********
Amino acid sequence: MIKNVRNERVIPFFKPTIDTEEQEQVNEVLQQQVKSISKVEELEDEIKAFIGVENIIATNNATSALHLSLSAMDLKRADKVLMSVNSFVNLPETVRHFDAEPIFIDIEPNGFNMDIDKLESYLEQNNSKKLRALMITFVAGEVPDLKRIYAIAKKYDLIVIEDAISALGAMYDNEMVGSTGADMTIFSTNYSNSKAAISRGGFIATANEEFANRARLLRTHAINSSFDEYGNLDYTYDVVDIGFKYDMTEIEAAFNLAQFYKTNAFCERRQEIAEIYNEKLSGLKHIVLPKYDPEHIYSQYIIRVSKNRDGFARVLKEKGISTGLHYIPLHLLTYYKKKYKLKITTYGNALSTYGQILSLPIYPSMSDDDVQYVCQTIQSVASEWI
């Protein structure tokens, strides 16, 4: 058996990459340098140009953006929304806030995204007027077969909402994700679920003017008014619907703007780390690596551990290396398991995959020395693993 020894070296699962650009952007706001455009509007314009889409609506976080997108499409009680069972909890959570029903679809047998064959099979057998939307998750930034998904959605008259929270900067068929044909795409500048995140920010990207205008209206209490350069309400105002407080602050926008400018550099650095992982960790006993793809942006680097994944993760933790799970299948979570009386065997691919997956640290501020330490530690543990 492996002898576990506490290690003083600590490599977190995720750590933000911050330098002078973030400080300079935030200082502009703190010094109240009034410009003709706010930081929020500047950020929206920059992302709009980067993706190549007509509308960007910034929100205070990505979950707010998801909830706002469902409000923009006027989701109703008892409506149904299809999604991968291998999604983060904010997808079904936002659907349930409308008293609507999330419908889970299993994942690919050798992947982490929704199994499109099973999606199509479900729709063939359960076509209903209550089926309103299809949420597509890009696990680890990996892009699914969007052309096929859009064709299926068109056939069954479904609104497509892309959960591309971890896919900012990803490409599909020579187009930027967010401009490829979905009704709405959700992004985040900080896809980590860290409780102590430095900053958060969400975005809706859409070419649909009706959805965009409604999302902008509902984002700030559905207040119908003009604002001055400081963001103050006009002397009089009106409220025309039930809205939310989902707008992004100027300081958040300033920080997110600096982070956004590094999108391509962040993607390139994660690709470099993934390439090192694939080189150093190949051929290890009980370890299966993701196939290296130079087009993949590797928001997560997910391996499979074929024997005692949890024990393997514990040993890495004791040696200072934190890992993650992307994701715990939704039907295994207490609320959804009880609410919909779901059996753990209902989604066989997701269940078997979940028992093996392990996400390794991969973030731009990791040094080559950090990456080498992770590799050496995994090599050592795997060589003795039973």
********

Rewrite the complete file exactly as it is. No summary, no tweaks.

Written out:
Amino acid sequence: MIKNVRNERVIPFFKPTIDTEEQEQVNEVLQQQVKSISKVEELEDEIKAFIGVENIIATNNATSALHLSLSAMDLKRADKVLMSVNSFVNLPETVRHFDAEPIFIDIEPNGFNMDIDKLESYLEQNNSKKLRALMITFVAGEVPDLKRIYAIAKKYDLIVIEDAISALGAMYDNEMVGSTGADMTIFSTNYSNSKAAISRGGFIATANEEFANRARLLRTHAINSSFDEYGNLDYTYDVVDIGFKYDMTEIEAAFNLAQFYKTNAFCERRQEIAEIYNEKLSGLKHIVLPKYDPEHIYSQYIIRVSKNRDGFARVLKEKGISTGLHYIPLHLLTYYKKKYKLKITTYGNALSTYGQILSLPIYPSMSDDDVQYVCQTIQSVASEWI
């Protein structure tokens, strides 16, 4: 058996990459340098140009953006929304806030995204007027077969909402994700679920003017008014619907703007780390690596551990290396398991995959020395693993 020894070296699962650009952007706001455009509007314009889409609506976080997108499409009680069972909890959570029903679809047998064959099979057998939307998750930034998904959605008259929270900067068929044909795409500048995140920010990207205008209206209490350069309400105002407080602050926008400018550099650095992982960790006993793809942006680097994944993760933790799970299948979570009386065997691919997956640290501020330490530690543990 492996002898576990506490290690003083600590490599977190995720750590933000911050330098002078973030400080300079935030200082502009703190010094109240009034410009003709706010930081929020500047950020929206920059992302709009980067993706190549007509509308960007910034929100205070990505979950707010998801909830706002469902409000923009006027989701109703008892409506149904299809999604991968291998999604983060904010997808079904936002659907349930409308008293609507999330419908889970299993994942690919050798992947982490929704199994499109099973999606199509479900729709063939359960076509209903209550089926309103299809949420597509890009696990680890990996892009699914969007052309096929859009064709299926068109056939069954479904609104497509892309959960591309971890896919900012990803490409599909020579187009930027967010401009490829979905009704709405959700992004985040900080896809980590860290409780102590430095900053958060969400975005809706859409070419649909009706959805965009409604999302902008509902984002700030559905207040119908003009604002001055400081963001103050006009002397009089009106409220025309039930809205939310989902707008992004100027300081958040300033920080997110600096982070956004590094999108391509962040993607390139994660690709470099993934390439090192694939080189150093190949051929290890009980370890299966993701196939290296130079087009993949590797928001997560997910391996499979074929024997005692949890024990393997514990040993890495004791040696200072934190890992993650992307994701715990939704039907295994207490609320959804009880609410919909779901059996753990209902989604066989997701269940078997979940028992093996392990996400390794991969973030731009990791040094080559950090990456080498992770590799050496995994090599050592795997060589003795039973």